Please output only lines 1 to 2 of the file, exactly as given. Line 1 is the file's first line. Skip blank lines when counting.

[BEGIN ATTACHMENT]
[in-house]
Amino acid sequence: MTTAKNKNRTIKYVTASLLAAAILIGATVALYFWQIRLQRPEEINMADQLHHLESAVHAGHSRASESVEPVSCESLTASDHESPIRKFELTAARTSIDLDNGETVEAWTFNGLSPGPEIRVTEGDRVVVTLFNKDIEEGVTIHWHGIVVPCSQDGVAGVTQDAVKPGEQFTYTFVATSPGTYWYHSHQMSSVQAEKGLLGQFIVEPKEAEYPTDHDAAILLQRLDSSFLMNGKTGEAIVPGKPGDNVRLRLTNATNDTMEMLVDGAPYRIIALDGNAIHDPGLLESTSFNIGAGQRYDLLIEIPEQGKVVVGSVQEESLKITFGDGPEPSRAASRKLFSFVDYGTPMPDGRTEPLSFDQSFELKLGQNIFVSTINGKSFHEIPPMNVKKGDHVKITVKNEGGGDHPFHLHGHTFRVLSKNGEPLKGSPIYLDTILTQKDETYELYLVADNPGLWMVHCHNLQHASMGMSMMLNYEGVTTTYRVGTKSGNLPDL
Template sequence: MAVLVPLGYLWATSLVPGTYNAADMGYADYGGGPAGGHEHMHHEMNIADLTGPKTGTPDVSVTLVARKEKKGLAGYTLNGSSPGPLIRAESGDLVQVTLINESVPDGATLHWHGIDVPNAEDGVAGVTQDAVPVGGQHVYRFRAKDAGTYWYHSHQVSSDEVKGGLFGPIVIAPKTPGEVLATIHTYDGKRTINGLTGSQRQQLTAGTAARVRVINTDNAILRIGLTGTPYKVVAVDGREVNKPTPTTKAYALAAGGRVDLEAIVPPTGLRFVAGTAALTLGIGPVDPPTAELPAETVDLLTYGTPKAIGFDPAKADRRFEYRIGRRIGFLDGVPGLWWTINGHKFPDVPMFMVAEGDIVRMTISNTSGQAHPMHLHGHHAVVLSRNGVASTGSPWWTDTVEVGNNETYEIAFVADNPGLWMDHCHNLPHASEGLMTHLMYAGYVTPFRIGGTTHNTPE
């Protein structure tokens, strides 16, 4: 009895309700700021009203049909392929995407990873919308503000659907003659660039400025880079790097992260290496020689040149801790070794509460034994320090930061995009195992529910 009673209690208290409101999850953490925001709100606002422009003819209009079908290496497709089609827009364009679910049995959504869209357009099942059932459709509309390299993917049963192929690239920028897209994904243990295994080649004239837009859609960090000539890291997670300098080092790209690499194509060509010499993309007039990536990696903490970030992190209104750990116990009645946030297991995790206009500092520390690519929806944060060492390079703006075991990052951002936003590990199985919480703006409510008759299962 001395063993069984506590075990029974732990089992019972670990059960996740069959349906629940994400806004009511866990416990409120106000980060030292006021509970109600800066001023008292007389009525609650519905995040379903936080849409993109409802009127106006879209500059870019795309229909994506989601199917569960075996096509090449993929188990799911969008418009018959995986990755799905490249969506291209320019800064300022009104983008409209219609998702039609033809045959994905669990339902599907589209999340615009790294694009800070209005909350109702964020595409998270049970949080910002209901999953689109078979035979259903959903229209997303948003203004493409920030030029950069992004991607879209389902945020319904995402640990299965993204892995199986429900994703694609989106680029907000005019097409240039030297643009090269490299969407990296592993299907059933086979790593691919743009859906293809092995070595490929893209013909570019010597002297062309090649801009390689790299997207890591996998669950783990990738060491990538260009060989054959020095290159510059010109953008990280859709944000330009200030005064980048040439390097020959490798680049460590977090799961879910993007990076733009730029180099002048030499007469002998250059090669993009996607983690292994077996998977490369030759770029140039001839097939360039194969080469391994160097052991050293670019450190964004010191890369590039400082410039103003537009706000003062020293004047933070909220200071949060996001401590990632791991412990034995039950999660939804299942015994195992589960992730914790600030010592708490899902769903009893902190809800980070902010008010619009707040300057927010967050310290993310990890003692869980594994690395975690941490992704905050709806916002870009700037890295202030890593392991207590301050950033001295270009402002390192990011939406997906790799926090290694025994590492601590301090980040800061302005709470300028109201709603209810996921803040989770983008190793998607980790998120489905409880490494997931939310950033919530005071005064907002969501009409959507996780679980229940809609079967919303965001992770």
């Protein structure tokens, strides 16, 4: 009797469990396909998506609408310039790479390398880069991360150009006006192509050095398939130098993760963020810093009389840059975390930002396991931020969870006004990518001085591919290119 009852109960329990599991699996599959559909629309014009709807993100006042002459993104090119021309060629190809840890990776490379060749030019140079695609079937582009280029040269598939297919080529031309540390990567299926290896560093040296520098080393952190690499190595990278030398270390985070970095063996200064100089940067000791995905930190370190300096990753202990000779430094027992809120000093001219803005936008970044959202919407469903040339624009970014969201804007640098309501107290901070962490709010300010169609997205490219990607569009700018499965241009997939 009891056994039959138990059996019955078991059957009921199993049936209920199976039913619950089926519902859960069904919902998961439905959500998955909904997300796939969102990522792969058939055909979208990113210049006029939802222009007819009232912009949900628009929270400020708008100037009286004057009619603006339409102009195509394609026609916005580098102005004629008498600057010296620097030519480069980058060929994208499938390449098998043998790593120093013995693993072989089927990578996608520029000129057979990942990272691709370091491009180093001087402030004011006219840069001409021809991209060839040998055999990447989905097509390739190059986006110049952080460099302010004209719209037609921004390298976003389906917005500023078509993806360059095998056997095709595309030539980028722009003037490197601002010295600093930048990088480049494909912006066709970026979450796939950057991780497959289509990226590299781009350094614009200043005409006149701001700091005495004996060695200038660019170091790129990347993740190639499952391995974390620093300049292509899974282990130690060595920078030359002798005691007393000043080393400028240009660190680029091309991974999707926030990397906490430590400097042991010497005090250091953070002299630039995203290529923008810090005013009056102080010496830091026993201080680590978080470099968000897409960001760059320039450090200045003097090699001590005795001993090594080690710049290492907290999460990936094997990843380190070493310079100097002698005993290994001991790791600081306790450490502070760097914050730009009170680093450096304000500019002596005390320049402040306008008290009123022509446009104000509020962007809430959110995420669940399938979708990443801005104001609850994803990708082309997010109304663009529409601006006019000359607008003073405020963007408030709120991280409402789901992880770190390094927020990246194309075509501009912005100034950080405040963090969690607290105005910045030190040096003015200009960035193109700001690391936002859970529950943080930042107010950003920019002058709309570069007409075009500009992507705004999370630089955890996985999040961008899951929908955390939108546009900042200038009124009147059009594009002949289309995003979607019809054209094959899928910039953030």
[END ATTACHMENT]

[in-house]
Amino acid sequence: MTTAKNKNRTIKYVTASLLAAAILIGATVALYFWQIRLQRPEEINMADQLHHLESAVHAGHSRASESVEPVSCESLTASDHESPIRKFELTAARTSIDLDNGETVEAWTFNGLSPGPEIRVTEGDRVVVTLFNKDIEEGVTIHWHGIVVPCSQDGVAGVTQDAVKPGEQFTYTFVATSPGTYWYHSHQMSSVQAEKGLLGQFIVEPKEAEYPTDHDAAILLQRLDSSFLMNGKTGEAIVPGKPGDNVRLRLTNATNDTMEMLVDGAPYRIIALDGNAIHDPGLLESTSFNIGAGQRYDLLIEIPEQGKVVVGSVQEESLKITFGDGPEPSRAASRKLFSFVDYGTPMPDGRTEPLSFDQSFELKLGQNIFVSTINGKSFHEIPPMNVKKGDHVKITVKNEGGGDHPFHLHGHTFRVLSKNGEPLKGSPIYLDTILTQKDETYELYLVADNPGLWMVHCHNLQHASMGMSMMLNYEGVTTTYRVGTKSGNLPDL